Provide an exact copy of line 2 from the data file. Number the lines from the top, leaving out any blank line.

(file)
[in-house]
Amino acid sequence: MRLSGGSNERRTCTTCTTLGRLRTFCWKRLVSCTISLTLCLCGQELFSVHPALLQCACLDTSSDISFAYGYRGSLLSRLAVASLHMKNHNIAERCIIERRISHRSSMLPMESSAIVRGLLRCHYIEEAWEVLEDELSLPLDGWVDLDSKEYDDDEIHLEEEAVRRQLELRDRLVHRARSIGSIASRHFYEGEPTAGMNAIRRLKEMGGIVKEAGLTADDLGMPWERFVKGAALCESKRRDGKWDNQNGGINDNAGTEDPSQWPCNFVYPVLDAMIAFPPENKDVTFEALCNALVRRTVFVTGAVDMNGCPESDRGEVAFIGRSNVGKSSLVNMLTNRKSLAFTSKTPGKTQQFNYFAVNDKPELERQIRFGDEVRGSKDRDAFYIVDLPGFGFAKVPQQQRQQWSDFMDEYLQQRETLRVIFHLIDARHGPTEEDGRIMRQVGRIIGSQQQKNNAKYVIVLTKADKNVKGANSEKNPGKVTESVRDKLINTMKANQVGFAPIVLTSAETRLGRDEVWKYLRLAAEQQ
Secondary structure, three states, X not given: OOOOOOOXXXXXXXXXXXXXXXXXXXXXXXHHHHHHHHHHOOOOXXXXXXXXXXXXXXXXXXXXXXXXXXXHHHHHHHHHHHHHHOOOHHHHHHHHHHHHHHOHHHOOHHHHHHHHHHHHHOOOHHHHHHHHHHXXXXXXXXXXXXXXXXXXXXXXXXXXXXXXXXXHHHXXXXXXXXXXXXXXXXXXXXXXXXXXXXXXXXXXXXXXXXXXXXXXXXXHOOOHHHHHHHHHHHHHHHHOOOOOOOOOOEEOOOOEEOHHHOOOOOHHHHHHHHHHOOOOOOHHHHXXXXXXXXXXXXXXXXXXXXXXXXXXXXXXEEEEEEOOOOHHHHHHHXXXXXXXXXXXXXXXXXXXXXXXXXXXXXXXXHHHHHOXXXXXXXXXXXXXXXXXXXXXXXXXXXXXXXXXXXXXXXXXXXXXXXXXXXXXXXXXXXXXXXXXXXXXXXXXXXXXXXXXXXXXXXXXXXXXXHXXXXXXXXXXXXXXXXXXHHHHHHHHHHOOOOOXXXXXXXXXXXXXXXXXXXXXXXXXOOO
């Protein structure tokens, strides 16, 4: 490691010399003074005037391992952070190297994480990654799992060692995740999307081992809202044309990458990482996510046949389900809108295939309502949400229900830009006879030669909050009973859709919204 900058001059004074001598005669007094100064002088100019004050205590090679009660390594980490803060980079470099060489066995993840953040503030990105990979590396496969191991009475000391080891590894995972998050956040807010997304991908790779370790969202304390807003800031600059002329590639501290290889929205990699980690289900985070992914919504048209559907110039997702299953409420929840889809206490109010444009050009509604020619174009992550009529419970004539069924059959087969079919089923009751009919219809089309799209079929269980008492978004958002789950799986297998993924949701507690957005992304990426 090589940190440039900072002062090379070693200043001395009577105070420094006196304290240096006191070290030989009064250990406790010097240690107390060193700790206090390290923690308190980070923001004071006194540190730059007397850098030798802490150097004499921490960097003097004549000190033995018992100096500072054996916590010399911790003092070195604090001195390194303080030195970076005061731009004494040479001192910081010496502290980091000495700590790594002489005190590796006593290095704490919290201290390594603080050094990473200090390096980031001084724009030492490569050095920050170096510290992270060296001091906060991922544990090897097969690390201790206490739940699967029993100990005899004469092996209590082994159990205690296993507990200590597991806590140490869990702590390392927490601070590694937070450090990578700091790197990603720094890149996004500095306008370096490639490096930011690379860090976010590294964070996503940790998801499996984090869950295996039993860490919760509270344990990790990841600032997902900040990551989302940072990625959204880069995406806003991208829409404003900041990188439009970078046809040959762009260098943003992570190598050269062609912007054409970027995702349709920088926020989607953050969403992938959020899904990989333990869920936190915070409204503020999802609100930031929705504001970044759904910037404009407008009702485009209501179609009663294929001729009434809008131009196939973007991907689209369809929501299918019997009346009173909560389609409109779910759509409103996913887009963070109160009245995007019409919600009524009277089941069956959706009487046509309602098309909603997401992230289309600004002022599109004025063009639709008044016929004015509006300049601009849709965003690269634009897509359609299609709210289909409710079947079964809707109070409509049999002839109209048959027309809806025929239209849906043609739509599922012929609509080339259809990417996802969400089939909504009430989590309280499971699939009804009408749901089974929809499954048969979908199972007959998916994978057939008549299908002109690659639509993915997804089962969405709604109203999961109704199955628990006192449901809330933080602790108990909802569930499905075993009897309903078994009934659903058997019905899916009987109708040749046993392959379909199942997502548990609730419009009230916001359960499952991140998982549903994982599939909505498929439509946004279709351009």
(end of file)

Amino acid sequence: MRLSGGSNERRTCTTCTTLGRLRTFCWKRLVSCTISLTLCLCGQELFSVHPALLQCACLDTSSDISFAYGYRGSLLSRLAVASLHMKNHNIAERCIIERRISHRSSMLPMESSAIVRGLLRCHYIEEAWEVLEDELSLPLDGWVDLDSKEYDDDEIHLEEEAVRRQLELRDRLVHRARSIGSIASRHFYEGEPTAGMNAIRRLKEMGGIVKEAGLTADDLGMPWERFVKGAALCESKRRDGKWDNQNGGINDNAGTEDPSQWPCNFVYPVLDAMIAFPPENKDVTFEALCNALVRRTVFVTGAVDMNGCPESDRGEVAFIGRSNVGKSSLVNMLTNRKSLAFTSKTPGKTQQFNYFAVNDKPELERQIRFGDEVRGSKDRDAFYIVDLPGFGFAKVPQQQRQQWSDFMDEYLQQRETLRVIFHLIDARHGPTEEDGRIMRQVGRIIGSQQQKNNAKYVIVLTKADKNVKGANSEKNPGKVTESVRDKLINTMKANQVGFAPIVLTSAETRLGRDEVWKYLRLAAEQQ